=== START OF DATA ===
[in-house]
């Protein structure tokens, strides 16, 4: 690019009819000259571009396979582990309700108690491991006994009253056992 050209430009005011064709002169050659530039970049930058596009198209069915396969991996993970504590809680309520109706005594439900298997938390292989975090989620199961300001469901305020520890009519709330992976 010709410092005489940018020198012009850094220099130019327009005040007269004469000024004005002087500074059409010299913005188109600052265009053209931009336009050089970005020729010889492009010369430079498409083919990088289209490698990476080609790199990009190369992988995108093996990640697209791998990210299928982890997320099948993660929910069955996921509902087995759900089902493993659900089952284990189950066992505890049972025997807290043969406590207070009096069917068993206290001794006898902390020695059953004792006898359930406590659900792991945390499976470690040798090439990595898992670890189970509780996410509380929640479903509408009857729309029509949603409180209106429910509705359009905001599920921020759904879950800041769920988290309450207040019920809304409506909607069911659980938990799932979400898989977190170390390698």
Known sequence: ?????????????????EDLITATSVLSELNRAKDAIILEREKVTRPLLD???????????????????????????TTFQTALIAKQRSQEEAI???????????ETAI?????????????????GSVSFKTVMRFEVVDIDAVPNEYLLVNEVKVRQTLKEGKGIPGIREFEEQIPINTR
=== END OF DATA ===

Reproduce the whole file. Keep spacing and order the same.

[in-house]
């Protein structure tokens, strides 16, 4: 690019009819000259571009396979582990309700108690491991006994009253056992 050209430009005011064709002169050659530039970049930058596009198209069915396969991996993970504590809680309520109706005594439900298997938390292989975090989620199961300001469901305020520890009519709330992976 010709410092005489940018020198012009850094220099130019327009005040007269004469000024004005002087500074059409010299913005188109600052265009053209931009336009050089970005020729010889492009010369430079498409083919990088289209490698990476080609790199990009190369992988995108093996990640697209791998990210299928982890997320099948993660929910069955996921509902087995759900089902493993659900089952284990189950066992505890049972025997807290043969406590207070009096069917068993206290001794006898902390020695059953004792006898359930406590659900792991945390499976470690040798090439990595898992670890189970509780996410509380929640479903509408009857729309029509949603409180209106429910509705359009905001599920921020759904879950800041769920988290309450207040019920809304409506909607069911659980938990799932979400898989977190170390390698």
Known sequence: ?????????????????EDLITATSVLSELNRAKDAIILEREKVTRPLLD???????????????????????????TTFQTALIAKQRSQEEAI???????????ETAI?????????????????GSVSFKTVMRFEVVDIDAVPNEYLLVNEVKVRQTLKEGKGIPGIREFEEQIPINTR